12-19: Judge Jackson deinstalls Internet explorer from a new computer in 90 seconds [10] and asks both sides to file comments. A Microsoft spokesman acknowledges informally that the "deinstall" program shipped with Windows 95 will remove visible portions of the browsing software, but stressed that it deletes only about three percent of the IE code; some of the remaining 97% is needed by other applications.

12-23: Microsoft files its comment [11] in response to the above, says these shenanigans demonstrate that "poorly informed lawyers have no vocation for software design." (A bit arrogant, do you think?) In a separate filing [12] the company asks Judge Jackson to remove the Special Master [13], claiming that Lessig's writings betray an anti-Microsoft bias.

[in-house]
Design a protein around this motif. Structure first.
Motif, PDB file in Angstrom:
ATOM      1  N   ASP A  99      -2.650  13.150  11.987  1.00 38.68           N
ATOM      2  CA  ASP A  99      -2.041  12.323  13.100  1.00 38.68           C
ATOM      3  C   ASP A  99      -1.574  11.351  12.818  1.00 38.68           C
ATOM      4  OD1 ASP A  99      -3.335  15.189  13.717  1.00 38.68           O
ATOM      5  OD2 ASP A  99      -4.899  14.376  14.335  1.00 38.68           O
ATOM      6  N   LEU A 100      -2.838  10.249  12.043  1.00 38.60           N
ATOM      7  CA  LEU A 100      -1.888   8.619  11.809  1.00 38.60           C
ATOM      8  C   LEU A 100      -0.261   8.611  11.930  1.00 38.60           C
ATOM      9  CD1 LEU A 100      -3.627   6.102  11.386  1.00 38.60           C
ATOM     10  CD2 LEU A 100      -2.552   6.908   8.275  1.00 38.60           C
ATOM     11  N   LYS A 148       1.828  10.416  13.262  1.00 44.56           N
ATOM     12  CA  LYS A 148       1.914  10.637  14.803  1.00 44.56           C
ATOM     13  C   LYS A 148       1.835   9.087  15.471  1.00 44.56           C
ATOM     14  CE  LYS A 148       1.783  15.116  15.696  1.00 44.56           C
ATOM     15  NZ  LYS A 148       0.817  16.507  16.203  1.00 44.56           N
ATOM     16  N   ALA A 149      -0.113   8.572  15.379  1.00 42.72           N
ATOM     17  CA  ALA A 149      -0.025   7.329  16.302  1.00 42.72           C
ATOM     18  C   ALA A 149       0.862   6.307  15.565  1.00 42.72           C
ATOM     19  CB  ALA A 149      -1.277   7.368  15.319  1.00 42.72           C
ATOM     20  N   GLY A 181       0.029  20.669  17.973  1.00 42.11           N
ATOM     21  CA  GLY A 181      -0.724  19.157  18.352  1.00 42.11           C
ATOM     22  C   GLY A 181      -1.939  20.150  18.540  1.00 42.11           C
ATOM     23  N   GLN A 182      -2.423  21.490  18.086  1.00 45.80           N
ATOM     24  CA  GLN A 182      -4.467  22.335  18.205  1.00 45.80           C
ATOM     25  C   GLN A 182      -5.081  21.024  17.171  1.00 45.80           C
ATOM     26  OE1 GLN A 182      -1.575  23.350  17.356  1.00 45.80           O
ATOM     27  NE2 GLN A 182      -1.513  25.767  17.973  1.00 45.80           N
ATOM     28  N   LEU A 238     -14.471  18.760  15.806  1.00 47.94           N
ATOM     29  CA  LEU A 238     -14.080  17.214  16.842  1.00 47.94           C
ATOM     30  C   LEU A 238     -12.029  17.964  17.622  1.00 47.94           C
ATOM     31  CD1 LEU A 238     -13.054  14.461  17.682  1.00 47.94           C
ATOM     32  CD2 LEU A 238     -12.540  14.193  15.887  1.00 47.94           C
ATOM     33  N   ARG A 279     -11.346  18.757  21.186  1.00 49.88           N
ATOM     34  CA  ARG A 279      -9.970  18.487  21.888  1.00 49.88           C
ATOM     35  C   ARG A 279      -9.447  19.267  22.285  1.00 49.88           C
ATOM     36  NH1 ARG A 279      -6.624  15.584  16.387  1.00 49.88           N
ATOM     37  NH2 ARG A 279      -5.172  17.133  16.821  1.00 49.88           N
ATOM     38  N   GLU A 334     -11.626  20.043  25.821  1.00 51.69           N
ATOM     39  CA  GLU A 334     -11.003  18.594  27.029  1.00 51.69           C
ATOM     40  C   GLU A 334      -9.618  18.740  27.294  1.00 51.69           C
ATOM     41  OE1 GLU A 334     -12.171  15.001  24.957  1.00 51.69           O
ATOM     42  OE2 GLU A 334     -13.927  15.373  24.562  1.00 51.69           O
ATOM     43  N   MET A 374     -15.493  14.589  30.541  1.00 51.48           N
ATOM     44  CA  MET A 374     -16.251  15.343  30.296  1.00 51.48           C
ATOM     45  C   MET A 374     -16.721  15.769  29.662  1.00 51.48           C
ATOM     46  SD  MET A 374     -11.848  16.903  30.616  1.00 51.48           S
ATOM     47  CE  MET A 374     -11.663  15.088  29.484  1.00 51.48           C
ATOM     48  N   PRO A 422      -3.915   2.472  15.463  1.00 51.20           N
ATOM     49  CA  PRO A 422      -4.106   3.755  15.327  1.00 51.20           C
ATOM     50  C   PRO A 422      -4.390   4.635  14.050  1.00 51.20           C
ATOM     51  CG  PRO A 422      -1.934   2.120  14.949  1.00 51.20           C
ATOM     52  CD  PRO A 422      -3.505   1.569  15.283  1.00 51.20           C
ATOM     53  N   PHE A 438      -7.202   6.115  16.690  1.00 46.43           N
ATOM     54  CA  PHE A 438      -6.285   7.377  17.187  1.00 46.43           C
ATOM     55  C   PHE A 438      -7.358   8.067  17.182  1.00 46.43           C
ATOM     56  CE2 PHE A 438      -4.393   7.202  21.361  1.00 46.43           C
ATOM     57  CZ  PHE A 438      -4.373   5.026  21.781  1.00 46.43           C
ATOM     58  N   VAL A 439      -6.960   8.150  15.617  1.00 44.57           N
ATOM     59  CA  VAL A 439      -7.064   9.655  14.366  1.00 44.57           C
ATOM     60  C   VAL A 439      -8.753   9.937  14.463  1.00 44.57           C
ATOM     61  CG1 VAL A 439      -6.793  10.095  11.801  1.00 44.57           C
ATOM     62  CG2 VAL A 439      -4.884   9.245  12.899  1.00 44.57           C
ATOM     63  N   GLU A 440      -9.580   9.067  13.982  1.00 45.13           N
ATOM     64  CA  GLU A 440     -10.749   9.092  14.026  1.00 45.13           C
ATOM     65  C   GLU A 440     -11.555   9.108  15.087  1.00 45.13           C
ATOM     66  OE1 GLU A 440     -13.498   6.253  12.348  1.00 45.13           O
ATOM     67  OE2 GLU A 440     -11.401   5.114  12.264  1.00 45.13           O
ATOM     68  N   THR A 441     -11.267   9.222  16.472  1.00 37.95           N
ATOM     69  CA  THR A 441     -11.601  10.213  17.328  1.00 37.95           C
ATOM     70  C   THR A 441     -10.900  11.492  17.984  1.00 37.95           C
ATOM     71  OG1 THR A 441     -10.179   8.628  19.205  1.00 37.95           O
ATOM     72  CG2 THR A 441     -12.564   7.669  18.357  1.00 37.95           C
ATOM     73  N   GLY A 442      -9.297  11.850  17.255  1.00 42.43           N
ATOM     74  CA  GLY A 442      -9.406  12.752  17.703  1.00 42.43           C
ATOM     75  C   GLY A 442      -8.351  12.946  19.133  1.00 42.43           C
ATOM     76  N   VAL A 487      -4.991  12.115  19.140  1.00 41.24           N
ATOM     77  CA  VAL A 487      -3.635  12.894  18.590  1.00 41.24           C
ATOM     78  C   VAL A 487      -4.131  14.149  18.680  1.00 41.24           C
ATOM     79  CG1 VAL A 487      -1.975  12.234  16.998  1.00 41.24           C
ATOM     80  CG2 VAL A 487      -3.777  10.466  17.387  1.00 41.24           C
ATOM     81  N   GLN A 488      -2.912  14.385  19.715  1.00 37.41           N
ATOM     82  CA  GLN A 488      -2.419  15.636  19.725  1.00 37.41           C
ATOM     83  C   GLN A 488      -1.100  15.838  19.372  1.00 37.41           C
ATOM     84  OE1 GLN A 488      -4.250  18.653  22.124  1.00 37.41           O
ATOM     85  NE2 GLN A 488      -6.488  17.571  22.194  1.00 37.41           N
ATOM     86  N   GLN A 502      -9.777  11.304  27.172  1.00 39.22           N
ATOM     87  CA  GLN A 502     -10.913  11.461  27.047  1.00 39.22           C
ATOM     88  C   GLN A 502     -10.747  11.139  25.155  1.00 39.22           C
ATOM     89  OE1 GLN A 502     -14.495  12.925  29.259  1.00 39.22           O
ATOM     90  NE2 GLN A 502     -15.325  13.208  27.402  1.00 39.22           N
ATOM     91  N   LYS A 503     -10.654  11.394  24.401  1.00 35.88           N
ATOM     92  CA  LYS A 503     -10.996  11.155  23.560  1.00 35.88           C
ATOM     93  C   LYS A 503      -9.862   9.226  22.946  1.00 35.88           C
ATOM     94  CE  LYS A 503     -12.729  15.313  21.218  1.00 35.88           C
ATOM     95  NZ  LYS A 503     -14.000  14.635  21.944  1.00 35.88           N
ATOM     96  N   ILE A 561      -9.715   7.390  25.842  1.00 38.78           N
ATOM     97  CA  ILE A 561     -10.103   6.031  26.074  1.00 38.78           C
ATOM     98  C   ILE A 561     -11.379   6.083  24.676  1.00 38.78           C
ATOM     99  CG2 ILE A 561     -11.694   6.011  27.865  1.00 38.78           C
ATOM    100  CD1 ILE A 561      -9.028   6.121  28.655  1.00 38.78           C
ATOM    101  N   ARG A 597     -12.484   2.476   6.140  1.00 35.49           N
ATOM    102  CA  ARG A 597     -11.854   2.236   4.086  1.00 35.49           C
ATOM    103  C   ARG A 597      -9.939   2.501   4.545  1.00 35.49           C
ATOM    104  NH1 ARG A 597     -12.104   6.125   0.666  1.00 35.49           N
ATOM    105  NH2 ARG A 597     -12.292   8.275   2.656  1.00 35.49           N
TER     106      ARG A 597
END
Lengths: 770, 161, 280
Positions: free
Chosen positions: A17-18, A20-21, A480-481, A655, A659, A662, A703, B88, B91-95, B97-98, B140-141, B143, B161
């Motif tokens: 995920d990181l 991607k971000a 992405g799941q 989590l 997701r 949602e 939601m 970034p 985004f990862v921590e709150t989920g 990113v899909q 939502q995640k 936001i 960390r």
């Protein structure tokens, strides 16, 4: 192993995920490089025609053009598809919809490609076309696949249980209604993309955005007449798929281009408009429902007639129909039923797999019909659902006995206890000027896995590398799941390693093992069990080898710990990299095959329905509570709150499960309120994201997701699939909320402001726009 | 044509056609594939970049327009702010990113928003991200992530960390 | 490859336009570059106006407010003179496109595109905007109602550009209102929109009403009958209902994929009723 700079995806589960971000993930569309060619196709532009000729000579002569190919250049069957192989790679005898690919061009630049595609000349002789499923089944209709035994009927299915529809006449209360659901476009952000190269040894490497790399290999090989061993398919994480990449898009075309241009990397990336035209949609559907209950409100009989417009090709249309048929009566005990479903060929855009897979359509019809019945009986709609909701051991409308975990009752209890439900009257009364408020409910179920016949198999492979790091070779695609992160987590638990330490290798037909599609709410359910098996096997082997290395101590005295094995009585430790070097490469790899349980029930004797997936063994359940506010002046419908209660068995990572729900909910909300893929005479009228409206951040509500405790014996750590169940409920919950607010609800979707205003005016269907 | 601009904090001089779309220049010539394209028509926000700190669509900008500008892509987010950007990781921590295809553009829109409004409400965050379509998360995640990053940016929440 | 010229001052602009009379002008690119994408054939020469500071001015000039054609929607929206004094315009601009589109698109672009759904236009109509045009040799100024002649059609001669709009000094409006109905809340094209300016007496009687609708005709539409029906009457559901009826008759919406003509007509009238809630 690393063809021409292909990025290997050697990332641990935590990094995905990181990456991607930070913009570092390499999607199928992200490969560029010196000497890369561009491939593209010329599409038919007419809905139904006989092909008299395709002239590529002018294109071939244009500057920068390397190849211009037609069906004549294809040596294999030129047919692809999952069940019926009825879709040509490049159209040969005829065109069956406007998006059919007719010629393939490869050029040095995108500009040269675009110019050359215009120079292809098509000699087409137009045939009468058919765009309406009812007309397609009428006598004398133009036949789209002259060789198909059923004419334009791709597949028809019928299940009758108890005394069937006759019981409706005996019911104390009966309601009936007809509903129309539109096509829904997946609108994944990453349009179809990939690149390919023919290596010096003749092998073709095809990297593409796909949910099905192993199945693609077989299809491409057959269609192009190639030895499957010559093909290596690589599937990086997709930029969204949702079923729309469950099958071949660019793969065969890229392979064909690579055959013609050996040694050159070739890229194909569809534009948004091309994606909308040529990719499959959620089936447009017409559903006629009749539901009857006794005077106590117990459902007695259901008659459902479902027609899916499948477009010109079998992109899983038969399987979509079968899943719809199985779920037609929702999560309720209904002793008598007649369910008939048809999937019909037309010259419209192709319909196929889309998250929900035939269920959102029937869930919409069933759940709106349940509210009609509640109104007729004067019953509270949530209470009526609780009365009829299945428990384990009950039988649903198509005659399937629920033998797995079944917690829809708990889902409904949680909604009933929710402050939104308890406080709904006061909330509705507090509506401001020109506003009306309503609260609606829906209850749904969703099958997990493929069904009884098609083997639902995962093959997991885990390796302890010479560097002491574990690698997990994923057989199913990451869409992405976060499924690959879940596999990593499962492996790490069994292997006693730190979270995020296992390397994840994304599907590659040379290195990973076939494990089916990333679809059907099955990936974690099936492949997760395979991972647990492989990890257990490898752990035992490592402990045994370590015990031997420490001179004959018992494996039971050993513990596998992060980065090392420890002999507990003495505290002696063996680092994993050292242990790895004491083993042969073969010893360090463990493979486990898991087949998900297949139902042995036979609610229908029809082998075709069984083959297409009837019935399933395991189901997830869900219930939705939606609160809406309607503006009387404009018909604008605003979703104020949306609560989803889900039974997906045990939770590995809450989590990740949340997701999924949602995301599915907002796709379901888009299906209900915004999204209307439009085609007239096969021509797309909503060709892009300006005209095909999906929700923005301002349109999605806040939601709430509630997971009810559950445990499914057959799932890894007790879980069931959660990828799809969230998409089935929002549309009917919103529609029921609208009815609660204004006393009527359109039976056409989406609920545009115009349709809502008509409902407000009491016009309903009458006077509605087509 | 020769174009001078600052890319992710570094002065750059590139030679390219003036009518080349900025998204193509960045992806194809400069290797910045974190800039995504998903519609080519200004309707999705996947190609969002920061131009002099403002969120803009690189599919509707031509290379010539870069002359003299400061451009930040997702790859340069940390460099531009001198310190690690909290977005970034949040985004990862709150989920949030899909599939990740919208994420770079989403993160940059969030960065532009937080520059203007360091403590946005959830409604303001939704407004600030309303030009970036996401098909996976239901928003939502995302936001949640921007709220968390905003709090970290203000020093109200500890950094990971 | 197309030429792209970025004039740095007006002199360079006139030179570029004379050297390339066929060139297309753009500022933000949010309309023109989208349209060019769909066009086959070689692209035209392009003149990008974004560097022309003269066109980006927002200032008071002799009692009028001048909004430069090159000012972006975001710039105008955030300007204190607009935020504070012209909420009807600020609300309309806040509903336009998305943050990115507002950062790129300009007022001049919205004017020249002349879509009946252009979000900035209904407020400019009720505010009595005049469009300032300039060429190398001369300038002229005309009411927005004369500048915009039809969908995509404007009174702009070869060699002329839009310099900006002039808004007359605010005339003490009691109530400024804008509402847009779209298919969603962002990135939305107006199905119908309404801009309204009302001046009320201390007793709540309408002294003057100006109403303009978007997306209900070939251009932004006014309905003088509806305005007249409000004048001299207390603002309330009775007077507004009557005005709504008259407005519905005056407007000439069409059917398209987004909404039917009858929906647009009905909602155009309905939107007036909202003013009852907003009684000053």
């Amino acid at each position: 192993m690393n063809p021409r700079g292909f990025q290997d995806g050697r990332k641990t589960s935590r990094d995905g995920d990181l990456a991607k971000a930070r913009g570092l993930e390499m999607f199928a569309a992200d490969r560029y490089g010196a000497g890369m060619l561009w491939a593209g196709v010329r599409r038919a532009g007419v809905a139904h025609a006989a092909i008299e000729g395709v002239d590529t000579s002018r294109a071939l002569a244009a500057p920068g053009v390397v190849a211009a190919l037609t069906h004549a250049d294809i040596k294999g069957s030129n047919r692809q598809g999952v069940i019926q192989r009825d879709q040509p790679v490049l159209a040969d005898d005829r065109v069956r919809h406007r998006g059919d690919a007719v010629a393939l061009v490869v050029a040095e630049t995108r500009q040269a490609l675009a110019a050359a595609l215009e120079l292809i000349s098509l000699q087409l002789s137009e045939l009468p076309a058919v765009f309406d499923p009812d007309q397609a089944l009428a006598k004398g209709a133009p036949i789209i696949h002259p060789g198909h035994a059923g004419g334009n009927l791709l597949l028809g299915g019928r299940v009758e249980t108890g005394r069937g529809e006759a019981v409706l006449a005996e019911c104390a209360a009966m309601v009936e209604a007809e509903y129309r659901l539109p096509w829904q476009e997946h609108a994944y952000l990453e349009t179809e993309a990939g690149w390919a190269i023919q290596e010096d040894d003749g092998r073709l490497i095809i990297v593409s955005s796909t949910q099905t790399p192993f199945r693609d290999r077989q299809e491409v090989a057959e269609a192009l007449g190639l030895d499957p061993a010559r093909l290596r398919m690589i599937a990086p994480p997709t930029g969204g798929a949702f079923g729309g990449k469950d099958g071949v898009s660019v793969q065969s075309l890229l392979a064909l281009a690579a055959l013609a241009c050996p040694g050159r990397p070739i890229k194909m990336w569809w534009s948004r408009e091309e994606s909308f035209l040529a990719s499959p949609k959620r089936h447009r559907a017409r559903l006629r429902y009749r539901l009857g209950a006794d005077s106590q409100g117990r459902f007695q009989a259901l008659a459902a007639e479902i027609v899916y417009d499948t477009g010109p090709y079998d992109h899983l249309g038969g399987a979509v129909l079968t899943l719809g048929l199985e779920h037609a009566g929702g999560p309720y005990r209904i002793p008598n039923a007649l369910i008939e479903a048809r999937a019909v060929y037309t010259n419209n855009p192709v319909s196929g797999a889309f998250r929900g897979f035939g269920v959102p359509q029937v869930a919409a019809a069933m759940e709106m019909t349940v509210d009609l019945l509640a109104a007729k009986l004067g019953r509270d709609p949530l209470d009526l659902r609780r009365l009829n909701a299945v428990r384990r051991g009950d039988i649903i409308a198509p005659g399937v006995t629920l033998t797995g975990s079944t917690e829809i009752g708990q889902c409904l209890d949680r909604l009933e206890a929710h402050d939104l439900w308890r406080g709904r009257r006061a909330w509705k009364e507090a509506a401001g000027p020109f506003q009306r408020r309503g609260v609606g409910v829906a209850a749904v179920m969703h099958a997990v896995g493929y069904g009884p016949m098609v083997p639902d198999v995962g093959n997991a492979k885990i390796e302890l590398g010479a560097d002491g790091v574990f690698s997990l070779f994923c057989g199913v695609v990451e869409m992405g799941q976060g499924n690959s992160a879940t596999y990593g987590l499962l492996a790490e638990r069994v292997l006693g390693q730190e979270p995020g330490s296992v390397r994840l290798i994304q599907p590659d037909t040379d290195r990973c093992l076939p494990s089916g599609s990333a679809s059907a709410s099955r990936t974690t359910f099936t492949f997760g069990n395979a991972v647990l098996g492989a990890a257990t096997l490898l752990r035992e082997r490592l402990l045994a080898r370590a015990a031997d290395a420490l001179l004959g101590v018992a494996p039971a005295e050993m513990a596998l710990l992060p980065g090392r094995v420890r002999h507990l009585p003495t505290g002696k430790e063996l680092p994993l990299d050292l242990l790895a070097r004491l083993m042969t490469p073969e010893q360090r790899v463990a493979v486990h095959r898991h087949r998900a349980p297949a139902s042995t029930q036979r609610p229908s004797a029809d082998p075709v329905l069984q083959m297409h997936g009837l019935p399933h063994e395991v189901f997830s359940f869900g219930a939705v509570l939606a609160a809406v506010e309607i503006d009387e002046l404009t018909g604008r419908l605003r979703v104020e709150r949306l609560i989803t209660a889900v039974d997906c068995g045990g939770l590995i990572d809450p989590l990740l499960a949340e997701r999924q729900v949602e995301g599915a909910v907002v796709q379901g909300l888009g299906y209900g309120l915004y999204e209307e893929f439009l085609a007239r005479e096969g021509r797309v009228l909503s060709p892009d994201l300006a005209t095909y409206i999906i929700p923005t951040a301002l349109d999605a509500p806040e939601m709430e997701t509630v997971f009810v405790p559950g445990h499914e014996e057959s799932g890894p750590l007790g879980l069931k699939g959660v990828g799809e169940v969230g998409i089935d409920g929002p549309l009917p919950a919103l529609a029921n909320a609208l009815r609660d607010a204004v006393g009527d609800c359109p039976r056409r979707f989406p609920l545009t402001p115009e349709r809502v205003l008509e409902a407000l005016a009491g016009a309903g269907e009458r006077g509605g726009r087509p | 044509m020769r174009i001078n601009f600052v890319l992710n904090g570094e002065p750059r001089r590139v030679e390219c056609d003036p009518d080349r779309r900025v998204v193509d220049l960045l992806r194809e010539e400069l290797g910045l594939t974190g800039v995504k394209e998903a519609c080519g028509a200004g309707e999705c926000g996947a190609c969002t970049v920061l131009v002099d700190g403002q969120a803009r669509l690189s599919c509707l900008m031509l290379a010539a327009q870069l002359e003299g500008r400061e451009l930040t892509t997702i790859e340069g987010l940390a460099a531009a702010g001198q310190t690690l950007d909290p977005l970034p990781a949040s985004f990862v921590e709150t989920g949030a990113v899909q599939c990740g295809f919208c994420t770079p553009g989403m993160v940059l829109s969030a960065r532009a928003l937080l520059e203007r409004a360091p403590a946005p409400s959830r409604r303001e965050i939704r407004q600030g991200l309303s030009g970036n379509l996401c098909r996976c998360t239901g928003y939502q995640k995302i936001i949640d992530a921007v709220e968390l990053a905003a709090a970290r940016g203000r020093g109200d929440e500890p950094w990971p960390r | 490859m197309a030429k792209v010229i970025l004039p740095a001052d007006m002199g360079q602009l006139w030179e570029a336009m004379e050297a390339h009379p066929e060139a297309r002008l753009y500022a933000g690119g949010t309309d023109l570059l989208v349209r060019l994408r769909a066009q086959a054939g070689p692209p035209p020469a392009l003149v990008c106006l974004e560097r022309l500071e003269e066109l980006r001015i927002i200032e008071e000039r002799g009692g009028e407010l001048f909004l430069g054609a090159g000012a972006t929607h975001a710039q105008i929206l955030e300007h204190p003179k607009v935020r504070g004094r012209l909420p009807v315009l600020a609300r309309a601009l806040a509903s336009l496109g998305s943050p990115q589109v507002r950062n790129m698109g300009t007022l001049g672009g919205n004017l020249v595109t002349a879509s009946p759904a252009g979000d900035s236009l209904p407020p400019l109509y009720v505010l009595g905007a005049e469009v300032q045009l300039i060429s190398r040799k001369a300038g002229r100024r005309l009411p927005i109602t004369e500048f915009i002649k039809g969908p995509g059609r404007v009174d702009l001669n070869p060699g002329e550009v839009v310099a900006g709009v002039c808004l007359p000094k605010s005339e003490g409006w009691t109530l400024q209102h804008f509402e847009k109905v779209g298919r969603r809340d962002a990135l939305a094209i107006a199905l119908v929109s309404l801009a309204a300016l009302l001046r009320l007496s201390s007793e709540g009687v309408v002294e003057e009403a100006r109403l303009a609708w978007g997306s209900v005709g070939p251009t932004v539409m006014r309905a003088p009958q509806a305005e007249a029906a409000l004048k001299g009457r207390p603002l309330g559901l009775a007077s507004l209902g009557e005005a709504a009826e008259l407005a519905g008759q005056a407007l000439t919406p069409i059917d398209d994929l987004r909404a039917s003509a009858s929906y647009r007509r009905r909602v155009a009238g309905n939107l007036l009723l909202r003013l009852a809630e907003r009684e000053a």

12-23: Former Senator and presidential candidate Robert Dole is quietly building an anti-Microsoft coalition [14].

12-23: Mother Jones weighs in with an investigative piece [15] claiming that Microsoft so dominates the Business Software Alliance that it can and does offer foreign countries relief from copyright and trademark actions if they agree to replace their current software with purchased Microsoft products.

12-24: Hiawatha Bray, writing in the Boston Globe [15a] (the article may not be online more than a few days), notes that some of the fellow BSA members cited in the Mother Jones article disclaim its accuracy.

12-24: Microsoft stock falls to a 6-month low [16]. (MSFT is still up 45% over year-end 1996.)

[1] http://www.news.com/SpecialFeatures/Textonly/0,161,17033,00.html
[2] http://www.news.com/SpecialFeatures/Textonly/0,161,17312,00.html
[3] http://www.news.com/News/Item/Textonly/0,25,17345,00.html?pfv
[4] http://www.microsoft.com/corpinfo/doj/oemdoj.htm
[5] http://spyglass1.sjmercury.com/premium/business/docs/gillmor16.htm
[6] http://www.wired.com/news/news/business/story/9223.html
[7] http://www.news.com/News/Item/Textonly/0,25,17468,00.html?pfv